In the Clinical Trials editorial Salim Yusuf writes combined effort by stakeholders “is urgently needed to reverse the harm that the current ICH (International Conference of Harmonisation) GCP (good clinical practice) guidelines have caused”.
Without this therapeutic progress “will be severely slowed down”, “scarce funds” will be wasted and initiating multi-site trials will remain “a formidable, expensive and time-consuming process”.
Failings in GCP stem from “the lack of formal, early, and integral involvement of the academic and clinical investigator community”. Without this input regulators created guidance that fails to understand what aspects of a trial matter, writes Yusuf, while placing burdens on investigators.
“[ICH GCP guidelines] have created a byzantine maze of bureaucratic steps that emphasise relatively unimportant issues, leading to waste, obstructing the conduct of well-designed important trials, and impeding scientific progress”, writes Yusuf.
These issues have been created without harmonising trial initiation approval, according to Yusuf, and it is questionable whether “GCPs are ‘good’, ‘clinically relevant’, or ‘practical’”.
Standardisation & multi-centre trials
Yusuf covers specific failings of GCP guidelines. Firstly, the need for precise standardisation of processes and procedures is, according to Yusuf, made redundant by randomised controlled groups. Consequently, focus should be placed on the “only three issues that matter”.
These are ensuring: concealed randomisation and inclusion of all randomised patients in the analysis; enough events to minimise random errors; and unbiased ascertainment of outcomes. A simplified approach, focused on these elements, would cut costs, writes Yusuf.
Global multi-centre trials expose another regulatory failing, according to Yusuf, because one protocol must be reviewed by many ethics committees. Minor variations between jurisdictions have made initiating multi-site trials “a formidable, expensive and time-consuming process”.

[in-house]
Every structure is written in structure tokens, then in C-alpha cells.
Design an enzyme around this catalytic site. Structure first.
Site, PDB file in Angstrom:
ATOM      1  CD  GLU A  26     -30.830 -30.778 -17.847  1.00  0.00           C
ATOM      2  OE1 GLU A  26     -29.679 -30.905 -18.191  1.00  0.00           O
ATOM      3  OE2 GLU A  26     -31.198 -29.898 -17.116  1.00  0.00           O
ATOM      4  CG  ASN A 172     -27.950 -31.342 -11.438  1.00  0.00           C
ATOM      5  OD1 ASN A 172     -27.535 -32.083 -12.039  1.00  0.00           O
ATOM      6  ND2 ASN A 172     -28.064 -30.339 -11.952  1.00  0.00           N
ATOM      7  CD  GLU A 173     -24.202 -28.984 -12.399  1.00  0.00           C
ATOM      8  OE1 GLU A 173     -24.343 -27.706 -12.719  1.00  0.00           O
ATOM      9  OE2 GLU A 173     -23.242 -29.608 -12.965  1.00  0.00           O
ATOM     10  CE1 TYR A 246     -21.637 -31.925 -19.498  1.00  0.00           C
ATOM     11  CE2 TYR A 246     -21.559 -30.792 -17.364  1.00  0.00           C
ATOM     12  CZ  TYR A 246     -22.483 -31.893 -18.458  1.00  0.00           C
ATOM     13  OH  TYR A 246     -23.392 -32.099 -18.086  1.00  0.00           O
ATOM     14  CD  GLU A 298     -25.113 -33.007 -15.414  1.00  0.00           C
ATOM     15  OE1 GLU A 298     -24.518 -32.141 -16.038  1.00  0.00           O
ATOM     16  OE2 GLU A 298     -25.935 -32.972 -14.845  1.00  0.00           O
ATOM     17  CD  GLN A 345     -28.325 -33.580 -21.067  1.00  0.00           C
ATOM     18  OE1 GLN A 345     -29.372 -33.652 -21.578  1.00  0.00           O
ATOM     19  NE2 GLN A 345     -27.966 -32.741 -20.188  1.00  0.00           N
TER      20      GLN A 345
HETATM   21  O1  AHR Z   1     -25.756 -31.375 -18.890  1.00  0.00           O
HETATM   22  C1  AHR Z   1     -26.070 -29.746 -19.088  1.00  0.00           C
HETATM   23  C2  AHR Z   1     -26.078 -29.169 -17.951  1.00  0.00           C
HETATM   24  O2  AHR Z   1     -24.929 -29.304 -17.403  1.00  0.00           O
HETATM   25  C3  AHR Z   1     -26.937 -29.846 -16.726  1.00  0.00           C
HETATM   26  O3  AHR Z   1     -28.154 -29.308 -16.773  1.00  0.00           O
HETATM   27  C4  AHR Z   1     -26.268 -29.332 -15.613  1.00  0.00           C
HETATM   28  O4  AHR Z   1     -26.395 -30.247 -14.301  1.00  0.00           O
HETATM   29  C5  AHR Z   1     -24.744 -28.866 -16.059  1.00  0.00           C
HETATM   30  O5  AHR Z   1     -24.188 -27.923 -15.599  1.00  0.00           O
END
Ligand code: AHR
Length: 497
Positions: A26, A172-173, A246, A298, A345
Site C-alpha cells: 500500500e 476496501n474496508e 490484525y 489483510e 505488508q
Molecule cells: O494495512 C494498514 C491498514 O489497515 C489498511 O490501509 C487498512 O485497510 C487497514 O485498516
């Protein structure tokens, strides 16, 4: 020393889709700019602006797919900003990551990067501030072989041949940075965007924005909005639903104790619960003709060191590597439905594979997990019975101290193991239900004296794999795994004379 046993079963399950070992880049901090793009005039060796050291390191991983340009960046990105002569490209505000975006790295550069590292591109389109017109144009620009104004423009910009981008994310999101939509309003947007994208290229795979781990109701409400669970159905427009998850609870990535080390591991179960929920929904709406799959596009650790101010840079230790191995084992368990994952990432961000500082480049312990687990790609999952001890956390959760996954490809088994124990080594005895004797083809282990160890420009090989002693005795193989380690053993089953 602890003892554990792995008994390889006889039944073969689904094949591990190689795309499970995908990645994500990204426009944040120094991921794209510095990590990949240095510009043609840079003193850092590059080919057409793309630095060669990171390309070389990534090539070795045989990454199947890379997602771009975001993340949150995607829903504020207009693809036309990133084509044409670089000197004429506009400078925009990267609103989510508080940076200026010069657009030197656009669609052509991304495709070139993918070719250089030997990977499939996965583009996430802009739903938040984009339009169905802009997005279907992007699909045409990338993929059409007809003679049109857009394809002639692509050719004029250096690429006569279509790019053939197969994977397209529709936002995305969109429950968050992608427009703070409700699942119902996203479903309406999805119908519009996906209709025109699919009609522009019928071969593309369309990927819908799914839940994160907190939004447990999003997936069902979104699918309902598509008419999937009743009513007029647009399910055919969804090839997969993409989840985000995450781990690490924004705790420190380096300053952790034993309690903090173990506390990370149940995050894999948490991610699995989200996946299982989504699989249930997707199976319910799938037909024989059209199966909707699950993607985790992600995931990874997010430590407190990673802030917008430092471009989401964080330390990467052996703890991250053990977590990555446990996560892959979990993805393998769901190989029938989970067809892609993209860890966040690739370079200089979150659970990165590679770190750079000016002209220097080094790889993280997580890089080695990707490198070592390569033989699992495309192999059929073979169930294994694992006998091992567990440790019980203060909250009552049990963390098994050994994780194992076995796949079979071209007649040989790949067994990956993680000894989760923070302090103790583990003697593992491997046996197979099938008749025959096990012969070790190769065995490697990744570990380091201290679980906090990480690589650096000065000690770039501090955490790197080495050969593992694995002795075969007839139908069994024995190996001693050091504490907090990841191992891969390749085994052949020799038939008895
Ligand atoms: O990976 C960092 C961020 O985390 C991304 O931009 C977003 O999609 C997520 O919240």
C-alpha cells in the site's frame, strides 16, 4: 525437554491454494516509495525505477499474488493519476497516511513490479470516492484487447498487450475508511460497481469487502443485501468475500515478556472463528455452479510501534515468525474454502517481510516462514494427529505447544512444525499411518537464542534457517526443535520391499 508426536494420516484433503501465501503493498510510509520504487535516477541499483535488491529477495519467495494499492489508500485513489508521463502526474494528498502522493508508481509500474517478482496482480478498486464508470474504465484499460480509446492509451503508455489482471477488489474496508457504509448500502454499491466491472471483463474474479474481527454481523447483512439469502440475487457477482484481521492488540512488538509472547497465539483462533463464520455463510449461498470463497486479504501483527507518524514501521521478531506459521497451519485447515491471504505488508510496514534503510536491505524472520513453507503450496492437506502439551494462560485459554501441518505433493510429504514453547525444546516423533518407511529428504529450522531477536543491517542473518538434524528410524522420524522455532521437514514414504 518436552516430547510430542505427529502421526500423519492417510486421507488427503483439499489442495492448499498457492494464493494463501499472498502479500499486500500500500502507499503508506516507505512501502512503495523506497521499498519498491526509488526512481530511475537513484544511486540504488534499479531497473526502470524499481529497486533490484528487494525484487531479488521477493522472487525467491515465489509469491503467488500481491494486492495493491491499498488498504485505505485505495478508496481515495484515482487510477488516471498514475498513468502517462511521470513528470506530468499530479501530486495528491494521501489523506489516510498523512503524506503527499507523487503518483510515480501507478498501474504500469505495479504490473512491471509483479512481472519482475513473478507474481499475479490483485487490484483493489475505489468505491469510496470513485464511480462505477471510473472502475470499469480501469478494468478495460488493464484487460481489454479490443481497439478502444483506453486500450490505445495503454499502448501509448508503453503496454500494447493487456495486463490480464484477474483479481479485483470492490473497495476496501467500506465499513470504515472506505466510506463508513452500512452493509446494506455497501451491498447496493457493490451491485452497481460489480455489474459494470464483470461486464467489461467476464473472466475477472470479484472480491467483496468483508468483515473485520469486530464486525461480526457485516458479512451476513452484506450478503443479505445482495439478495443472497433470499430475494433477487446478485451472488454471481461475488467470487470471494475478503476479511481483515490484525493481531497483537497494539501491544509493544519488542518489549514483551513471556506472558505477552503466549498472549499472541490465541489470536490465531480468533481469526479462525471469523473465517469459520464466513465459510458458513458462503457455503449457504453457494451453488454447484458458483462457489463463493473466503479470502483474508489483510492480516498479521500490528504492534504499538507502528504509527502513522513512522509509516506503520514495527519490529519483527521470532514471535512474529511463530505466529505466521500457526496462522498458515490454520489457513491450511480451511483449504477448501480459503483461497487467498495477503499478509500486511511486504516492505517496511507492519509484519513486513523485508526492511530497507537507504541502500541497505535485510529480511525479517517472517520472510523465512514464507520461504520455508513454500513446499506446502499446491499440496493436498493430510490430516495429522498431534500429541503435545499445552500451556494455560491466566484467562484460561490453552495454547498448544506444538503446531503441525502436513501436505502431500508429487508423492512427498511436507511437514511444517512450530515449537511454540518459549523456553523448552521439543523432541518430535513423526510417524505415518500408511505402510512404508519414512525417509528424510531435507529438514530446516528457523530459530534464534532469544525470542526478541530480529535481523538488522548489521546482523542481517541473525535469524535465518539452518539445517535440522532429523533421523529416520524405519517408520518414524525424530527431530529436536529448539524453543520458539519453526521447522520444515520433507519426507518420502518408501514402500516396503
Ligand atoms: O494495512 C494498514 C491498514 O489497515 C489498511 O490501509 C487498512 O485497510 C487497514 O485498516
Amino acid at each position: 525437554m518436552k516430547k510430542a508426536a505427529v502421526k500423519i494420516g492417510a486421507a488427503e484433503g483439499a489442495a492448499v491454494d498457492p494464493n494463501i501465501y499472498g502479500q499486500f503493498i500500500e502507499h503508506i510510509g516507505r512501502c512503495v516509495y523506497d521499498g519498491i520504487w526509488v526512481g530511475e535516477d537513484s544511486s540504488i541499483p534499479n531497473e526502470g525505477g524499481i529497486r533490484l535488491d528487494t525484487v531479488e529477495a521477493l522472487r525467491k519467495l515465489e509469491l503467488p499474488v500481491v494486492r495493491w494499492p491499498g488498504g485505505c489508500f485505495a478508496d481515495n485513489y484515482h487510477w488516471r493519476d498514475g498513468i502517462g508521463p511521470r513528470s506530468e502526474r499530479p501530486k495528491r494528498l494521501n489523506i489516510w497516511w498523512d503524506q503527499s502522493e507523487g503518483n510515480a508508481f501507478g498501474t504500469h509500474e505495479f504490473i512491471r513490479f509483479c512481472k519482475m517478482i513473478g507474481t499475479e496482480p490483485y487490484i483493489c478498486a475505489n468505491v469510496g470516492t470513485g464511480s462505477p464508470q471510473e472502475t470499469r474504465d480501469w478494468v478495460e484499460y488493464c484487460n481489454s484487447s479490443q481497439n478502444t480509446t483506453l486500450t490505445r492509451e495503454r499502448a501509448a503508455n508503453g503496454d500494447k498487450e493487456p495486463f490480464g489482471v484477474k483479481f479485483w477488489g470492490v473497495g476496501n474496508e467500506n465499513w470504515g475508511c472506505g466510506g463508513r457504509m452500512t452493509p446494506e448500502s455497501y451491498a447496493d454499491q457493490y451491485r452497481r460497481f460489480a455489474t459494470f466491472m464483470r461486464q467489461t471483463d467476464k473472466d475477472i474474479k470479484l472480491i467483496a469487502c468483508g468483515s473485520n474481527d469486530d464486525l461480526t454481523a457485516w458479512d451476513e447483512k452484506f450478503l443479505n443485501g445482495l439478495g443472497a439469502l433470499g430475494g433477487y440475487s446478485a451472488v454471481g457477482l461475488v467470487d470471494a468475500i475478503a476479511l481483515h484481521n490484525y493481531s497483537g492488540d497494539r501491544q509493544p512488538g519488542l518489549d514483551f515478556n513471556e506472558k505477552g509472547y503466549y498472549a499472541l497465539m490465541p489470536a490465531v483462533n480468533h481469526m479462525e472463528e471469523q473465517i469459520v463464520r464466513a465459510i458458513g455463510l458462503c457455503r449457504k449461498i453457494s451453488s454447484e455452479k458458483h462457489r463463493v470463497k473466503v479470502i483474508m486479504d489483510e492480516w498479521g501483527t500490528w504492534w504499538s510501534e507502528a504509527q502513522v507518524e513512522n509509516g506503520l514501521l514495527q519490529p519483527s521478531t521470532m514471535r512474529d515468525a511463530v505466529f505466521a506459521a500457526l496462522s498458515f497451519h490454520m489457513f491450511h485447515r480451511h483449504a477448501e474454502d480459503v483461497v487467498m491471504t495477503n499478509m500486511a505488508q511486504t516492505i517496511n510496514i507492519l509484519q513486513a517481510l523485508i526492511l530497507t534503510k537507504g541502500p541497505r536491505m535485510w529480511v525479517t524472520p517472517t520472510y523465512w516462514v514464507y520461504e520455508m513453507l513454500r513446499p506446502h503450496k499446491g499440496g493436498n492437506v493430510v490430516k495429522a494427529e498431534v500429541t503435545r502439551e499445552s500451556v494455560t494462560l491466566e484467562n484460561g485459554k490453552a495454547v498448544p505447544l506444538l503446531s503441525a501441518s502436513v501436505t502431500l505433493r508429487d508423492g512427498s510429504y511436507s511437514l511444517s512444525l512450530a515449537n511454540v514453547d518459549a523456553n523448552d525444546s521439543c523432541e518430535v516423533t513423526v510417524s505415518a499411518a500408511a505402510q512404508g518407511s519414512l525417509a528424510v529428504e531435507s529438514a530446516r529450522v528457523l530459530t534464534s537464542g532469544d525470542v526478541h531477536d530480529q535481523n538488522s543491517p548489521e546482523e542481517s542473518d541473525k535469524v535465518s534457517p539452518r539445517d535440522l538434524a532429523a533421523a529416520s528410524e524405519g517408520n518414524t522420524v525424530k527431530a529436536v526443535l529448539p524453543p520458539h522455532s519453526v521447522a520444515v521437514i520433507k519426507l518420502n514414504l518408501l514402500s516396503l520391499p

To resolve these issues “one single rigorous review by a reputable international group should be adequate and accepted by all centres and regulators”, writes Yusuf.
Insurance & adverse events
The adverse event (AE) definition is, in practical terms, “neither sensitive nor specific, and can be compared to searching for a ‘needle in a haystack’”, according to Yusuf. To fix this Yusuf says AEs should be only classified as such after a threshold, such as dose reduction, is crossed.
Finally, the lack of distinction between Phase III and Phase IV trials in insurance requirements can place a “huge burden” on studies “where the risks to patients are negligible”, writes Yusuf.
Yusuf recommends adoption of a risk-based approach that places more demands on early phase trials of new interventions. This should be an international effort that brings together different stakeholders.
“If this is not done, progress in the battle against disease will be severely slowed down and much of the scarce funds available for clinical trials will be wasted. Our patients deserve better. We should demand no less”, ends Yusuf.